Staff Reporter

First phase of PPP initiative in health sector

  • State to pay 75 per cent cost, private parties the remainder
  • A total of 350 applications received

    BHUBANESWAR: Corporate houses, mostly facing public resistance in their project areas, were in the forefront in evincing interests in managing manage 60 Primary Health Centres (PHC) in Orissa.

    The State Government recently floated expression of interest to manage PHCs by private agencies in the first phase of Public Private Partnership (PPP) initiative in health sector.

    As many as 41 industrial houses, including Posco-India, Tata Steel, Vedanta Alumina, Utkal Alumina International Limited (UAIL), Bhushan Steel, MESCO and Aarti Steel, had forwarded their application to manage PHCs to come closer to people, official sources said. Industry body Confederation of Indian Industries also showed interest in the endeavour.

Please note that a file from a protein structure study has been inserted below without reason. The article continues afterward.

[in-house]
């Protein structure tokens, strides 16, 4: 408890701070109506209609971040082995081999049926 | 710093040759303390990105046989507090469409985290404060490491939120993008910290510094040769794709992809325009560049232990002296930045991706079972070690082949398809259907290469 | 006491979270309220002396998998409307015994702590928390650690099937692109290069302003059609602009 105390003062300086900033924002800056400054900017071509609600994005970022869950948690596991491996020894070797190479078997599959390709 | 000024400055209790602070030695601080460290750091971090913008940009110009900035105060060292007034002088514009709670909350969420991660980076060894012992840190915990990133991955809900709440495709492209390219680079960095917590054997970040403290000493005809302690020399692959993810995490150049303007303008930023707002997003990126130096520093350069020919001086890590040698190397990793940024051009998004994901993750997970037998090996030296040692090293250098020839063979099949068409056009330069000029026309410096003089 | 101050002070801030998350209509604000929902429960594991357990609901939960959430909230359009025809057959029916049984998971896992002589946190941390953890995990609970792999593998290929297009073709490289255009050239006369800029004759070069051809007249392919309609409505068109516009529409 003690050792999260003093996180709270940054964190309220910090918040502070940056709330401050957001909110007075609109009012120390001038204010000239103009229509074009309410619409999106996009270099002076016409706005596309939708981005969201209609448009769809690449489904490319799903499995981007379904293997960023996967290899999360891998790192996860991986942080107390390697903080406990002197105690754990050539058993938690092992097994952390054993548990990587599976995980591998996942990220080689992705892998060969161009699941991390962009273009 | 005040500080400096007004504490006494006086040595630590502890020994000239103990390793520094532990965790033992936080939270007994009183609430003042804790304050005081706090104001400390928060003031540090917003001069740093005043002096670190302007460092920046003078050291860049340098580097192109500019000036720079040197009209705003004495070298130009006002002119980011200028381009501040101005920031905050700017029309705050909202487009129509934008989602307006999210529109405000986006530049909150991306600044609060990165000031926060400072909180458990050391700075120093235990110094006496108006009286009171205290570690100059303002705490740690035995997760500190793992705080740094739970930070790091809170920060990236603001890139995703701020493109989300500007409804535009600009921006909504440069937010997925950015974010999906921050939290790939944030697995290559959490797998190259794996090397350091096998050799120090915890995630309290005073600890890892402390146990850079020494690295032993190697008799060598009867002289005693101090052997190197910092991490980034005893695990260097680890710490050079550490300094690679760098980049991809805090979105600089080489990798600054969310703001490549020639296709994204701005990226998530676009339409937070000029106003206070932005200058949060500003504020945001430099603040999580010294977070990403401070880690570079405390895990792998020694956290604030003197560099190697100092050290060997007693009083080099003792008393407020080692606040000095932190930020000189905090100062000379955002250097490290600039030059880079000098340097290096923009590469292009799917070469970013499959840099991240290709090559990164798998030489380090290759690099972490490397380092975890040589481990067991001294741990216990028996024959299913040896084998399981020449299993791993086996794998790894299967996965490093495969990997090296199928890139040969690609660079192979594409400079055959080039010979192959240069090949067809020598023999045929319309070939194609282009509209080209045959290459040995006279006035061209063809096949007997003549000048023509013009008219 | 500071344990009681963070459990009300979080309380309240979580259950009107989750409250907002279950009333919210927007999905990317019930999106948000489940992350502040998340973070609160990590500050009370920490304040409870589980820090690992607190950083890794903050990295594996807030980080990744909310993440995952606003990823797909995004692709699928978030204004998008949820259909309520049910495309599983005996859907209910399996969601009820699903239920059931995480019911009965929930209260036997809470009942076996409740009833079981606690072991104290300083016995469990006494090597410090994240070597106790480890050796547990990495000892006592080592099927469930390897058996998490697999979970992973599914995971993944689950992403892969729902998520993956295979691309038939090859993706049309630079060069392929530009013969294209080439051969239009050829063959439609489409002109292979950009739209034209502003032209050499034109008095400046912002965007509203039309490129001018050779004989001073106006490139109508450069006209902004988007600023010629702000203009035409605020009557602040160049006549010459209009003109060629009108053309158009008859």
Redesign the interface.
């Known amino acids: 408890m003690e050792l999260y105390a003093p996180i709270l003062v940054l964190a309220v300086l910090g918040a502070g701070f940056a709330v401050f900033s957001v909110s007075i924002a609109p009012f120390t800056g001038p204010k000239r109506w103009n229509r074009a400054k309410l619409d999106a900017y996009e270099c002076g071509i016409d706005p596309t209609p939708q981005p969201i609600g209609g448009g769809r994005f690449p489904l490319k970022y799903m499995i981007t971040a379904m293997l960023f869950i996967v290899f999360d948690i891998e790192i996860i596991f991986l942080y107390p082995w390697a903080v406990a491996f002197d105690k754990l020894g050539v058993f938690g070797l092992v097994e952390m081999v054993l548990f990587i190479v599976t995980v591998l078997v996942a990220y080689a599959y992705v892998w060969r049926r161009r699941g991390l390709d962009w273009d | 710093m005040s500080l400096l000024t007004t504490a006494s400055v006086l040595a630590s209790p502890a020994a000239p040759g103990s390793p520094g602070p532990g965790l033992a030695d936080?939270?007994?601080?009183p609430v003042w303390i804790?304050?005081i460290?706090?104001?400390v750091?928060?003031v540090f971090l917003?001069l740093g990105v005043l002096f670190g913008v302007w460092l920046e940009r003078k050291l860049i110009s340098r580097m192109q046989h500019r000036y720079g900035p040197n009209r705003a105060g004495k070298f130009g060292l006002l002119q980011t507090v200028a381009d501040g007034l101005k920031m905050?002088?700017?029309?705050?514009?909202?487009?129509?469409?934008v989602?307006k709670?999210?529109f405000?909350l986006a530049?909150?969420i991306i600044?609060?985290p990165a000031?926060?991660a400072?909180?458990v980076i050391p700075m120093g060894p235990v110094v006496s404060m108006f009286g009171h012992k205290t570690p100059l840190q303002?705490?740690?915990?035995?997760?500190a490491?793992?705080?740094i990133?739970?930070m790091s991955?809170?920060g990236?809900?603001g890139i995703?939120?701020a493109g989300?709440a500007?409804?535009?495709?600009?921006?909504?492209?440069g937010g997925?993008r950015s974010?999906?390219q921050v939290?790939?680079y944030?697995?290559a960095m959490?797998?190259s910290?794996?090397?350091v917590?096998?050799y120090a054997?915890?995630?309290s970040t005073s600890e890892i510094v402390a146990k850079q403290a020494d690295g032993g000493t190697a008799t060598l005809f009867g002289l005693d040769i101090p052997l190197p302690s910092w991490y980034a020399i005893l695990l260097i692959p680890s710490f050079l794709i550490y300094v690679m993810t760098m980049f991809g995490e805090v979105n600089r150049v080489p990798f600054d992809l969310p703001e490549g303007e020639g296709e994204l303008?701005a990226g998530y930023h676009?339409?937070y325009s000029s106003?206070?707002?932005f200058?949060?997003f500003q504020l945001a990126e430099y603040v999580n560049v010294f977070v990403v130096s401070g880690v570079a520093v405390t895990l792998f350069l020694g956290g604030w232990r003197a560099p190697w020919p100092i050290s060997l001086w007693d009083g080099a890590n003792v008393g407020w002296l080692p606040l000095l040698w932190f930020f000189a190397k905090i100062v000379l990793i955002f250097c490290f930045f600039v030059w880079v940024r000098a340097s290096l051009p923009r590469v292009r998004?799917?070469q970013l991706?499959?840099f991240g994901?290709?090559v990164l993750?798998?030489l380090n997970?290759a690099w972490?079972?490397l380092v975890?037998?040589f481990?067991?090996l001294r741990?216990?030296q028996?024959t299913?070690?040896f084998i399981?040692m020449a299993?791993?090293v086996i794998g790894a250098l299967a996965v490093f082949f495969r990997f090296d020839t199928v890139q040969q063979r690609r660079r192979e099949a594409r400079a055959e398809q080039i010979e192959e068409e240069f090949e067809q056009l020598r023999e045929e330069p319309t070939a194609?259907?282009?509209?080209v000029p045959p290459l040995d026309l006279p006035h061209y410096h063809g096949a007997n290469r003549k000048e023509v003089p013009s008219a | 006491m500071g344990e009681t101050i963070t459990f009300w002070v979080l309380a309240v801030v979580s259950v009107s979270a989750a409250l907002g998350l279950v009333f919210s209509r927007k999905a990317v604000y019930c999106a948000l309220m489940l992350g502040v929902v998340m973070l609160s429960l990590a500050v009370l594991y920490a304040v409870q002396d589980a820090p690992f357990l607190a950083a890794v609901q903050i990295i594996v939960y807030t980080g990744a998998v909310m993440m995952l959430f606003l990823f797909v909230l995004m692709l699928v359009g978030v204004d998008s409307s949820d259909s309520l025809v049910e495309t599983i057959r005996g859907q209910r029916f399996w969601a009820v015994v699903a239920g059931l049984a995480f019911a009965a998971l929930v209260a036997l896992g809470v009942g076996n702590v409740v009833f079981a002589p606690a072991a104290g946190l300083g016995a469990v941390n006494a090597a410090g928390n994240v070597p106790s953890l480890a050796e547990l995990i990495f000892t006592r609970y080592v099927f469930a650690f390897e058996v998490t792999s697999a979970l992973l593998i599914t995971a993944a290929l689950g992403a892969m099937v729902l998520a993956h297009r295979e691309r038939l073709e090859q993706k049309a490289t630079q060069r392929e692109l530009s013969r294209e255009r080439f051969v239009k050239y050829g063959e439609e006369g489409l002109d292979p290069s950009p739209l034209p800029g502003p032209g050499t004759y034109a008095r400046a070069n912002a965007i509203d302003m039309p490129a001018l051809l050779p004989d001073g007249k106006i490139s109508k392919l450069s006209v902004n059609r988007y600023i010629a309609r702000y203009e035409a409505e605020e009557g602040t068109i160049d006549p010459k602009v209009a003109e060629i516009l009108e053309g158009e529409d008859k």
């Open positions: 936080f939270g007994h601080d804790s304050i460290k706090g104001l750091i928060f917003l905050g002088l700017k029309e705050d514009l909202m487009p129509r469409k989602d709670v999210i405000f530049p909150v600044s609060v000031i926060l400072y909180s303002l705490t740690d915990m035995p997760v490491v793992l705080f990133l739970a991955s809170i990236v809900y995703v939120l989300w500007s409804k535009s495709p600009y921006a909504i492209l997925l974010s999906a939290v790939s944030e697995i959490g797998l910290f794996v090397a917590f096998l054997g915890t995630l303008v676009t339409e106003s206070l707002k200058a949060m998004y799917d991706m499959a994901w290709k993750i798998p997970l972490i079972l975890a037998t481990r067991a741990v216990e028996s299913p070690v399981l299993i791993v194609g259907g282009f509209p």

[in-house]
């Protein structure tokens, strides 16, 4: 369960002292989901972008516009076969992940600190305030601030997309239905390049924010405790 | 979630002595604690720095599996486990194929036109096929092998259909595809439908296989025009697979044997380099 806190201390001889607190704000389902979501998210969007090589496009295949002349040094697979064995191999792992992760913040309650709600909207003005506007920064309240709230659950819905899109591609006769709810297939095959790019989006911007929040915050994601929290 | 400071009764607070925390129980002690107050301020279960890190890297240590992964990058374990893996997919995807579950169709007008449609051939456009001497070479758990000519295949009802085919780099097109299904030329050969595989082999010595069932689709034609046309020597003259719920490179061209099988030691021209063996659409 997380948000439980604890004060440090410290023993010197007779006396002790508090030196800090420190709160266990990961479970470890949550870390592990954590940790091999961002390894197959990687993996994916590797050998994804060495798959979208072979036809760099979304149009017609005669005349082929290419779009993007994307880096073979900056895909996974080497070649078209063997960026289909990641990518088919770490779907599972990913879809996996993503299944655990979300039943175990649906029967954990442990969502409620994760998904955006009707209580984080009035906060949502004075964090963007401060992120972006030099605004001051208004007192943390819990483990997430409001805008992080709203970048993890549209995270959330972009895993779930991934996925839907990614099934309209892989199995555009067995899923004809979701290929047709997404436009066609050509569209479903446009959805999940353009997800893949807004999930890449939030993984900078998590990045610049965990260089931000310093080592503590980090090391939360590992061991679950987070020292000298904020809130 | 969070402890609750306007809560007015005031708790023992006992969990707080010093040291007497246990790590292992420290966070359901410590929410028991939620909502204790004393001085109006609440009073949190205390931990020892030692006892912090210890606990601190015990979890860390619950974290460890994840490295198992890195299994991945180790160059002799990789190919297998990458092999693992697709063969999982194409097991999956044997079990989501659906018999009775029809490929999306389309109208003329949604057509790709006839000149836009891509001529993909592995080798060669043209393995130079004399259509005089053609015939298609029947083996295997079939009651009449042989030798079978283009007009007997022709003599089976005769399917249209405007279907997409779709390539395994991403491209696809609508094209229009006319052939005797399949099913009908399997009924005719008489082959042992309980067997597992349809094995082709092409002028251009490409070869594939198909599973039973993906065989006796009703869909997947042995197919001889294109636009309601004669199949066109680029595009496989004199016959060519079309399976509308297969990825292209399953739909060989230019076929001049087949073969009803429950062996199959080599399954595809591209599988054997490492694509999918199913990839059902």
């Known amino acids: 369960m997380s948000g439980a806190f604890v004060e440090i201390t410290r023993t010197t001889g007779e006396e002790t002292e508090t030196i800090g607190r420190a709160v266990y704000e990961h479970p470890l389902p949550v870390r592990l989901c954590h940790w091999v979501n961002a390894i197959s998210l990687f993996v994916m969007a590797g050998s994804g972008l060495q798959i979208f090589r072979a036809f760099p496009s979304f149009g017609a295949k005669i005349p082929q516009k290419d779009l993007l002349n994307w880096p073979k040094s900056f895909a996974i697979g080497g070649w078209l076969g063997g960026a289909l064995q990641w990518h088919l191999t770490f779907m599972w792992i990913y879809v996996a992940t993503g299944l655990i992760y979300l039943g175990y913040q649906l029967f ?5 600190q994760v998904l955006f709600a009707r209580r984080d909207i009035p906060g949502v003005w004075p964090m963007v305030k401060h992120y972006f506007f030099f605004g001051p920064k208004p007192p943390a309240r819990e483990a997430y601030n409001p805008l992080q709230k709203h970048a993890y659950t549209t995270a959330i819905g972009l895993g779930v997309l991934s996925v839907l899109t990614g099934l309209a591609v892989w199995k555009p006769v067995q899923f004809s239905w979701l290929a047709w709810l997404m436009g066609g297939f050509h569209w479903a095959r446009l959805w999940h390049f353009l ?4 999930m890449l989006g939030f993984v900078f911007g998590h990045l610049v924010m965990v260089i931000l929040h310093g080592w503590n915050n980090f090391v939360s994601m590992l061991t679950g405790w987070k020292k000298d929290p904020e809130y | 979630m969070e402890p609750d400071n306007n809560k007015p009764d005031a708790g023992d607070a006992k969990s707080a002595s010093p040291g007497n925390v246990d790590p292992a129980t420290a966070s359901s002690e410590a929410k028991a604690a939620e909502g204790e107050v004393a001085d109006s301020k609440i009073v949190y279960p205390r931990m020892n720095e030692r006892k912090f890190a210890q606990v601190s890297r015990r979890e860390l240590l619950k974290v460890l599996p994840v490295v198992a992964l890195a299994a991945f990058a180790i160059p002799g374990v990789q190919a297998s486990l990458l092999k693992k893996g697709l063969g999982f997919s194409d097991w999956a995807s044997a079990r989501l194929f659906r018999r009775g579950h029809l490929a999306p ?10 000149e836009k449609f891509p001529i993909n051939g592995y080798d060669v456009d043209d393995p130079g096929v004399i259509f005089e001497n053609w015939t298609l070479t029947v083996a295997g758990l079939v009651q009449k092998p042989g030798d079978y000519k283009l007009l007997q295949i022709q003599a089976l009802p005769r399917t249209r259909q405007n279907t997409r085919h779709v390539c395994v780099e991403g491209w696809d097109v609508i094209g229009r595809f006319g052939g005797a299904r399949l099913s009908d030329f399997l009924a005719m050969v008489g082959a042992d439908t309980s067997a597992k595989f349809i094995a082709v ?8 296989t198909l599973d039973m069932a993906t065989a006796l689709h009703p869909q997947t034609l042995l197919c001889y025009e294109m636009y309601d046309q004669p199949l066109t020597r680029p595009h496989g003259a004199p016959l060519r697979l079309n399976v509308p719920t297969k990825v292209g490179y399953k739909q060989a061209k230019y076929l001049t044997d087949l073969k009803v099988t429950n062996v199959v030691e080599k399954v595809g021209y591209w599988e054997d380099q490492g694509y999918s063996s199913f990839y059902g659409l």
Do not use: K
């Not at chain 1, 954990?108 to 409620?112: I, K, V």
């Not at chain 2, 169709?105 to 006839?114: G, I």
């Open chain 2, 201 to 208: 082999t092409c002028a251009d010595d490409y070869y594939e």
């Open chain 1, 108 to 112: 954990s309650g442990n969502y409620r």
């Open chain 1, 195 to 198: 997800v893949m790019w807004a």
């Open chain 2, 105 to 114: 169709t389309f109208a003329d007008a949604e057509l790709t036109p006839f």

While three central PSUs such as NTPC Ltd, Rourkela Steel Plant and Hindustan Aeronautic Limited applied to take over PHCs, three banks, including IDBI, ICICI and State Bank of India were in the race. A total of 350 applications were received from non-government organisations, industrial houses and other private agencies, sources said.

    Being implemented under National Rural Health Mission (NRHM), the PPP will also be extended to 120 health sub-centres of the State. As per the guidelines, the State Government would pay up to 75 per cent of management cost while the remainder has to be mobilised by parties either from their own fund or other endowments.

    Innovative projects

    The private agencies, responsible for managing a PHC, would recruit staff, including doctors. As per the concept note of PPP model, the agencies would take up innovative projects, including community health insurance, awareness campaign on HIV/AIDS, raising herbal gardens, appointment of AYUSH doctors, health management information system and improving community participation in future.

    The State Government is now operating about 1200 PHCs and 6000 health sub-centres. The PHCs, which were going to be handed over to private agencies, are selected in distant pockets of the State.